16/12/2016
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The Walking Dead: All Out War review

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Mantic’s new miniatures game The Walking Dead: All Out War is named after the storyline in the zombie-horror comic book series that sees hero Rick Grimes clash with brutal antagonist Negan. Fans of the TV show adaptation will recognise Negan as the baseball-bat-wielding baddie whose gory violence caused shock and controversy in the season seven premiere in October. With this in mind, All Out War is fittingly named, encouraging frantic, bloody action and desperate moves over slower tactical play.

Two players – although the game can also be played solo – take up the roles of warring survivors. Included in the core set are Rick and Carl, along with Derek, Patrick, Sandra and Liam. They are dropped into a setting populated by the roaming undead, also represented by miniatures. 12 walkers are included in the base set, in varying states of decomposition and (un)dress. The miniatures both dead and alive come unpainted but are highly expressive in both expression and pose, in fitting with the comic book source material, and are well sculpted. One minor letdown comes from the use of softer plastic, as we suffered a curved baseball bat and bent knife out of the box. The dice, too, are of variable quality, with some quite poorly debossed and painted, making the symbols less comprehensible.

The two groups compete to retrieve the most supply markers by the time the included threat tracker reaches its maximum, rising as the result of the survivors' actions or specific event cards drawn at the end of each turn. Of course, the other way to win is to dispatch the enemy team (or allow the zombies to do it for you), but at the moment there’s otherwise little variation in the objectives required to win or lose – something that will hopefully be rectified in future expansions and new scenarios.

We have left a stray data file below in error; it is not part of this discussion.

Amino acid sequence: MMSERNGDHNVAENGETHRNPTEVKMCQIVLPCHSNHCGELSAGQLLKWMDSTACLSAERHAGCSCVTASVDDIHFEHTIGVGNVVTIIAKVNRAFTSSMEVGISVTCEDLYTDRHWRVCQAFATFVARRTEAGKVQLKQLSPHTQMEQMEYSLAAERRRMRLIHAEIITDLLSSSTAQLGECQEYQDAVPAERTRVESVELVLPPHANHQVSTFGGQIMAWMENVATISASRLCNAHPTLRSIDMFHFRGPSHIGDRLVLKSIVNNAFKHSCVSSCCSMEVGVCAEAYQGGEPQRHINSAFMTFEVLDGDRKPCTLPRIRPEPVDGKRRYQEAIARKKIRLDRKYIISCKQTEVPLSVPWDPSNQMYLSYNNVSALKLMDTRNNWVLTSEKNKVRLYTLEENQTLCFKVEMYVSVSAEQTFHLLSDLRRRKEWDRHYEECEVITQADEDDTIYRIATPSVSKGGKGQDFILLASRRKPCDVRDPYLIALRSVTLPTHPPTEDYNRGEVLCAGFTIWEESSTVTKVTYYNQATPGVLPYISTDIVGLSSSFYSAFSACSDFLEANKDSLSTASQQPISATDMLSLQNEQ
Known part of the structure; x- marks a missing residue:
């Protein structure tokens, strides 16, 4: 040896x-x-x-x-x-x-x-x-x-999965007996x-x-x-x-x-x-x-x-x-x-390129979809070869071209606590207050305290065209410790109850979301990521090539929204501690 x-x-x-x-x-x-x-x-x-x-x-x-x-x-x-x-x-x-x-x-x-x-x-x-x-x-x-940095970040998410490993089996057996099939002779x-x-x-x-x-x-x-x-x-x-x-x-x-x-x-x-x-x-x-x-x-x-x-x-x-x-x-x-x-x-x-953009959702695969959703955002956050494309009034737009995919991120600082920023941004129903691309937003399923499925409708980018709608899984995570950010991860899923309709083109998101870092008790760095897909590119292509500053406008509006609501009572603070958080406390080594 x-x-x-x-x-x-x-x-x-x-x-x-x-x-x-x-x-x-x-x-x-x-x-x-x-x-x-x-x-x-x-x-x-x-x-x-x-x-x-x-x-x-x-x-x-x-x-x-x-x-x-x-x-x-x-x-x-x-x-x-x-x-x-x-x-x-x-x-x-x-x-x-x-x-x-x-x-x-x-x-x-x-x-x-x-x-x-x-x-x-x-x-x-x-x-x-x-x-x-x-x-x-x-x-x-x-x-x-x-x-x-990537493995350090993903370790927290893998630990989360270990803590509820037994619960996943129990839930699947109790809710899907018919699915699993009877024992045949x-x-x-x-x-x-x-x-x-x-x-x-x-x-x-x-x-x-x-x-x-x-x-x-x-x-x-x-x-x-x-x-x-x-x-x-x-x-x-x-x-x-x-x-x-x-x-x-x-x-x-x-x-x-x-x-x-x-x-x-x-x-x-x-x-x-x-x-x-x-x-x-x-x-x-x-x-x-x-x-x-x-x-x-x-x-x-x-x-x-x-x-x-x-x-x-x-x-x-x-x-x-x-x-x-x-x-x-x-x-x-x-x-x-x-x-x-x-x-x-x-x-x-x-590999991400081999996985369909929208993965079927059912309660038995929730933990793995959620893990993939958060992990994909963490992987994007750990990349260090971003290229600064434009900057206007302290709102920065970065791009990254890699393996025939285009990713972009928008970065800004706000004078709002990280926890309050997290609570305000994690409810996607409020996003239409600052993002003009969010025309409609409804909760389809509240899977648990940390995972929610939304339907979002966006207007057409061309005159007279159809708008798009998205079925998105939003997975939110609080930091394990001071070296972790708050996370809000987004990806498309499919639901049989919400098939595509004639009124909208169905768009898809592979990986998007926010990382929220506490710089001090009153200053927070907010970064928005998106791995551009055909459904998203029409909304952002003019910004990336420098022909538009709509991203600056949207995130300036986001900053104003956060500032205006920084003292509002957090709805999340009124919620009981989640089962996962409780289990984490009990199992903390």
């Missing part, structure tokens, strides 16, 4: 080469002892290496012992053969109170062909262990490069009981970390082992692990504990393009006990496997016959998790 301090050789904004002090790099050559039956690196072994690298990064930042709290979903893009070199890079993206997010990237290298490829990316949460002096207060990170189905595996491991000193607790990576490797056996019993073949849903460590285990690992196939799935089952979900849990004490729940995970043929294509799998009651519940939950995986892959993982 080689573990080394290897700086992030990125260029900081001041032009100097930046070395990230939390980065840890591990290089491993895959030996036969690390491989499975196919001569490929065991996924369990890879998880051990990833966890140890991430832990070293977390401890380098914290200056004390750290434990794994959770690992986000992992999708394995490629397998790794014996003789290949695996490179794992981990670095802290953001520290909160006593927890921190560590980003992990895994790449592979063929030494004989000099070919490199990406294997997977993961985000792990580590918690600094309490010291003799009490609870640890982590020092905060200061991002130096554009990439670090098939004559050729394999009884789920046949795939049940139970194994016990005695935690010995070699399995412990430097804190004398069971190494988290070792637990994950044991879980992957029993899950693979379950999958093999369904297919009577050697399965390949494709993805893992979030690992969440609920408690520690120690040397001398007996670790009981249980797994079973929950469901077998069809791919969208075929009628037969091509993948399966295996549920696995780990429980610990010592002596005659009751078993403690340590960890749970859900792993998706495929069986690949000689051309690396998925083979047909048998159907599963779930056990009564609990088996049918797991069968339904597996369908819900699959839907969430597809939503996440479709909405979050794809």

Players alternate moving their figures using the bundled range ruler, choosing to sneak or run. As you might expect, running causes noise, which attracts unoccupied walkers within a set distance.

Zombies automatically shamble a fixed distance in a straight line until they encounter a survivor or wander into an obstacle, such as a car or barricade, several of which come included in 2D card form with the core set. It’s a nice little touch that helps the undead seem truly brainless, and allows for tactical use of noise-making – you can run to lure walkers into combat with enemy survivors or away from your own team.

At the end of a turn, an event card is drawn and the various effects are resolved, from raising the threat level to bringing more zombies stumbling into the play area. Initiative swaps each round, and the player with control chooses where the undead enter, allowing the scales to shift suddenly when it comes to the dangerous presence of zombies.

Any survivor within each walker's set ‘kill zone’ radius (a handy template is included) is automatically moved into combat, which takes place as a series of dice rolls dependent on the character, their equipped items and other environmental factors. Defeated zombies are merely knocked down onto the ground and can potentially rise again at the end of a turn thanks to a deciding dice roll – but if survivors score a critical hit or finish the walker off while they are down, the miniature is removed from play completely. This can go the other way, too, as killed survivors are replaced by walker figures unless they are defeated with a critical hit. In which case we guess there’s not enough left of them to get back up again. Gross.